A story to make us feel. To make us laugh. To make us think.
Jack Germond passed away on August 14, 2013, the same day as the e-book release of his book. The veritable, Alice Travis Germond, Jack's loving wife, has graciously agreed to embark on a blog tour on Jack's behalf. She is always happy to hear from readers and fans. Please feel free to leave your thoughts in our comments.
A Small Story for Page 3
By political pundit Jack Germond
Harry Fletcher can’t for the life of him figure out what exactly the ‘nugget’ of information his colleague, Eddie Concannon, uncovered prior to his death is. Picking his way along the threads of information, Harry soon finds himself at odds with government officials and his own newspaper seems to be involved in the collusion. Join Harry as he deciphers the clues and enjoy a journey into the world of investigative reporting set against a colorful back drop of characters and locations.
Find Jack's book online:
MuseItUp Publishing Store
The mood changed when he arrived at Wear's office to find the executive editor and the managing editor waiting and somberly reading printouts of the story.
"This thing has to be settled today," Wear said. "It's gone on long enough, it's tied us in knots, and we need to find a solution."
"I thought we had one," Harry said. "The story shows he has been sailing under false colors as a corruption fighter by trying to protect one of the targets of the investigation with whom he had a connection, perhaps lucrative, not previously disclosed."
"We're not the ones who have to be convinced," Mike reminded him.
When they walked into Marcotte's office, it was obvious he was not prepared to be persuaded. The publisher remained behind his huge mahogany desk and with a brusque gesture he seated the others at the small conference table.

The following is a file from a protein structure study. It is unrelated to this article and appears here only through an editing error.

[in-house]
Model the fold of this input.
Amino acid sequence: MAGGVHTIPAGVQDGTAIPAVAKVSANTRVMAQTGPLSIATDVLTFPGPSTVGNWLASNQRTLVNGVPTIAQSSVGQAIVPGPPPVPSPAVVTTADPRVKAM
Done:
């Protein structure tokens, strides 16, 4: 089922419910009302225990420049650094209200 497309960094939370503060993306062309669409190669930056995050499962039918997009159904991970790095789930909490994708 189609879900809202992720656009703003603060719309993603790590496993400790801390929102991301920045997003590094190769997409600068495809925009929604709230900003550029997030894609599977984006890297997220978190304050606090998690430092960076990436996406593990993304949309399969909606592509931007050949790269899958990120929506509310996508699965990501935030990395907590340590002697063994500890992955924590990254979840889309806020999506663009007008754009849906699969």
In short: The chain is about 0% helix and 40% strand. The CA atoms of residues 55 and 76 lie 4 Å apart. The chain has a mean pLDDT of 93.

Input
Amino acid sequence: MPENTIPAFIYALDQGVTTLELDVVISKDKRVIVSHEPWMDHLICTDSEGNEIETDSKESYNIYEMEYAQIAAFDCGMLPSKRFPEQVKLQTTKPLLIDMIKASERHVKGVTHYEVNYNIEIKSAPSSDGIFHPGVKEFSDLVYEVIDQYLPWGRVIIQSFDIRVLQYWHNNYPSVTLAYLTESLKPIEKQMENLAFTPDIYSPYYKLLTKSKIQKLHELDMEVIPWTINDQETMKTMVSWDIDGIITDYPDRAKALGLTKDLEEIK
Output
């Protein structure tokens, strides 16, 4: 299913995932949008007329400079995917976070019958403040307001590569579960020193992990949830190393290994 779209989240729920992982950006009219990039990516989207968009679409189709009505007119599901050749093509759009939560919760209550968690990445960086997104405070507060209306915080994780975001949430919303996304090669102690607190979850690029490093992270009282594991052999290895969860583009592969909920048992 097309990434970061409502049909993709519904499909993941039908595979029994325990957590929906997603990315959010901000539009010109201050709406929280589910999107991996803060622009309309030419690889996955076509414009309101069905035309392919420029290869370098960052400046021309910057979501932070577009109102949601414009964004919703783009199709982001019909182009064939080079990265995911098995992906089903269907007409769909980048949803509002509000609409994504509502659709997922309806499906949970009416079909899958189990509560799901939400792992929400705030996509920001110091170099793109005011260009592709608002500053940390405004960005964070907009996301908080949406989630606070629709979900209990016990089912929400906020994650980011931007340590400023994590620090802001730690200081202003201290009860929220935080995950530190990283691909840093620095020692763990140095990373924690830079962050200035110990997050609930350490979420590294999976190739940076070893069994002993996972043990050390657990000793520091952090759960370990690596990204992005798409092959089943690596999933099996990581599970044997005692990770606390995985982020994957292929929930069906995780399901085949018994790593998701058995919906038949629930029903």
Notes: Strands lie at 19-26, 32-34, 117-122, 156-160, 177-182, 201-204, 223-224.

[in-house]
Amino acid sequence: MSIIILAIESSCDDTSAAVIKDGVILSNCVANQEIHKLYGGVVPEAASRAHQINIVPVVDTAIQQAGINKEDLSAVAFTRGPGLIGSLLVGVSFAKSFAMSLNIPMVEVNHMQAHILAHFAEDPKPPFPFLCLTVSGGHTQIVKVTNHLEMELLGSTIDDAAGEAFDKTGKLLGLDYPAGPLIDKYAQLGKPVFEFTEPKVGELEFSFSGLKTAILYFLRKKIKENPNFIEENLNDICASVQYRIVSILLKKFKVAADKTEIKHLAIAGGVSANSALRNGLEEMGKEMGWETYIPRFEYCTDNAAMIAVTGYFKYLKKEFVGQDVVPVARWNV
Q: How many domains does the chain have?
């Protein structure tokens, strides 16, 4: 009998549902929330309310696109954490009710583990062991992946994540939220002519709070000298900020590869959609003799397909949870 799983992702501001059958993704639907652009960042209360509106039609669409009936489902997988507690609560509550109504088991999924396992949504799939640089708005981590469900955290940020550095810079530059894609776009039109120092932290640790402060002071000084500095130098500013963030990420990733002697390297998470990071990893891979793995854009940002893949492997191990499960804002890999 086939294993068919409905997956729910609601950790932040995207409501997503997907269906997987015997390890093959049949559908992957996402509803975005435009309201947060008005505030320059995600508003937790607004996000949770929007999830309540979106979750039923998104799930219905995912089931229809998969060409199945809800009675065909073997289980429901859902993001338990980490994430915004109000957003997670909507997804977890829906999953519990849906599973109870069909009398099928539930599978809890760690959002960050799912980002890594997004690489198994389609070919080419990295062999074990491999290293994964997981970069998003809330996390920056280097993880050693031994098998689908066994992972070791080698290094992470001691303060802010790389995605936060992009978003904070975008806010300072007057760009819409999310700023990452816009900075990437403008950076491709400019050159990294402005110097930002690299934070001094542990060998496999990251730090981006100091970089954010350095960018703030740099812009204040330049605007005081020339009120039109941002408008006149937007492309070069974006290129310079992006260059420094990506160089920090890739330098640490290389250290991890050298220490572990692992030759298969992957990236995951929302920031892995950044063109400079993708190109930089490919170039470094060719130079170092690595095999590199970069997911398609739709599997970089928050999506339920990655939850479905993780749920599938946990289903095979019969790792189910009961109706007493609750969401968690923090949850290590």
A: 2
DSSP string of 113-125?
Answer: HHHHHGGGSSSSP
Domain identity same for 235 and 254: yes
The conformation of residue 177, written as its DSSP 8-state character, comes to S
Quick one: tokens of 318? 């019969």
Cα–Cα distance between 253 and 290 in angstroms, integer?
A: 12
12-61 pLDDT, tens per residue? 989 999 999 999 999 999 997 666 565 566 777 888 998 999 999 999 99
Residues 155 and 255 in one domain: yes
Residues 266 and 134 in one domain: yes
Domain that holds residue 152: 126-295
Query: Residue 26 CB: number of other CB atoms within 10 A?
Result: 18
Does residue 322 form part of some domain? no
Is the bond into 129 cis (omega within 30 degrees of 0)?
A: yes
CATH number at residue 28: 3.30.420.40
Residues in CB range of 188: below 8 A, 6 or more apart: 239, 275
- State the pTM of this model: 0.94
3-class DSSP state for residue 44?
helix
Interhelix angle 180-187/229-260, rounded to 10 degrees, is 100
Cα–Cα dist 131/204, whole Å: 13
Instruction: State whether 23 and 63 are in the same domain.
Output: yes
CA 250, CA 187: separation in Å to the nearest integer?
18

"I've read the story you people seem to think should run on Page One as soon as possible," he said, "I think it’s still libelous horseshit, and I intend to spike it, this time for good. You still have no hard evidence that Tyler Bannister resisted Phase Two because of some personal concern. But Tyler denies it flat-out and there's no quote from him to corroborate it."Harry was trying to contain his fury. "The only quote from him in reply was “go fuck yourself.” Do you want to use that?"
"Don't be flippant, Fletcher, this is a serious question."
"We all understand that, Dave," Wear said, stepping in quickly. "If you want a clearer denial in more decorous terms, we can do that."
"A denial isn't going to change the fact that we are doing serious damage to Tyler Bannister's reputation and potentially his political career," Marcotte said, his voice rising. "I don't intend to be a party to that."
"That was never our intention," Wear said. "We've gone where the story has taken us. The truth is that this episode raises serious questions about Bannister's candidacy."
"It shows him interceding in behalf of a friend and former business associate in an official investigation," Harry said with some heat. "That's a part of the truth about him that we know but our readers do not."
"Don't give me that truth and readers crap, Fletcher," the publisher said. "I remember you calling him a trimmer way back there. You had it in for him from the start. So did Concannon."